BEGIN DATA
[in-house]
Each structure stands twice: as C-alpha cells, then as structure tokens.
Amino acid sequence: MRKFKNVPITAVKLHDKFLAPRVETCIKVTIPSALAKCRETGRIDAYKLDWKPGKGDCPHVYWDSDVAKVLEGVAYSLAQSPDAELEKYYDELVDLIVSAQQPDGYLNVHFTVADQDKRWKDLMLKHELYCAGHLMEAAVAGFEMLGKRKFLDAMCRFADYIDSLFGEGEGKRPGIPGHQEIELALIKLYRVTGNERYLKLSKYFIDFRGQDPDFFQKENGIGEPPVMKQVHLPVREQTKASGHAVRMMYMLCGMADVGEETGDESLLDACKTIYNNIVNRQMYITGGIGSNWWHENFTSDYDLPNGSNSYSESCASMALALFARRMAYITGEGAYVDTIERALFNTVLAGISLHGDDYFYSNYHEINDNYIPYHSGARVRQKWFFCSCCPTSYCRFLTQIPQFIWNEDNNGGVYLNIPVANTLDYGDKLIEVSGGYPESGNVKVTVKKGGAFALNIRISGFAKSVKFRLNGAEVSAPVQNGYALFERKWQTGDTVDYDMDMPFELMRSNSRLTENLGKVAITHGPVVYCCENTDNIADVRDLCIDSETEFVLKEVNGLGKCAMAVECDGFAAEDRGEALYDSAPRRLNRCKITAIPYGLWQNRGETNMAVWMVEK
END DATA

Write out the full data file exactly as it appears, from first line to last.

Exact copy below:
[in-house]
Each structure stands twice: as C-alpha cells, then as structure tokens.
Amino acid sequence: MRKFKNVPITAVKLHDKFLAPRVETCIKVTIPSALAKCRETGRIDAYKLDWKPGKGDCPHVYWDSDVAKVLEGVAYSLAQSPDAELEKYYDELVDLIVSAQQPDGYLNVHFTVADQDKRWKDLMLKHELYCAGHLMEAAVAGFEMLGKRKFLDAMCRFADYIDSLFGEGEGKRPGIPGHQEIELALIKLYRVTGNERYLKLSKYFIDFRGQDPDFFQKENGIGEPPVMKQVHLPVREQTKASGHAVRMMYMLCGMADVGEETGDESLLDACKTIYNNIVNRQMYITGGIGSNWWHENFTSDYDLPNGSNSYSESCASMALALFARRMAYITGEGAYVDTIERALFNTVLAGISLHGDDYFYSNYHEINDNYIPYHSGARVRQKWFFCSCCPTSYCRFLTQIPQFIWNEDNNGGVYLNIPVANTLDYGDKLIEVSGGYPESGNVKVTVKKGGAFALNIRISGFAKSVKFRLNGAEVSAPVQNGYALFERKWQTGDTVDYDMDMPFELMRSNSRLTENLGKVAITHGPVVYCCENTDNIADVRDLCIDSETEFVLKEVNGLGKCAMAVECDGFAAEDRGEALYDSAPRRLNRCKITAIPYGLWQNRGETNMAVWMVEK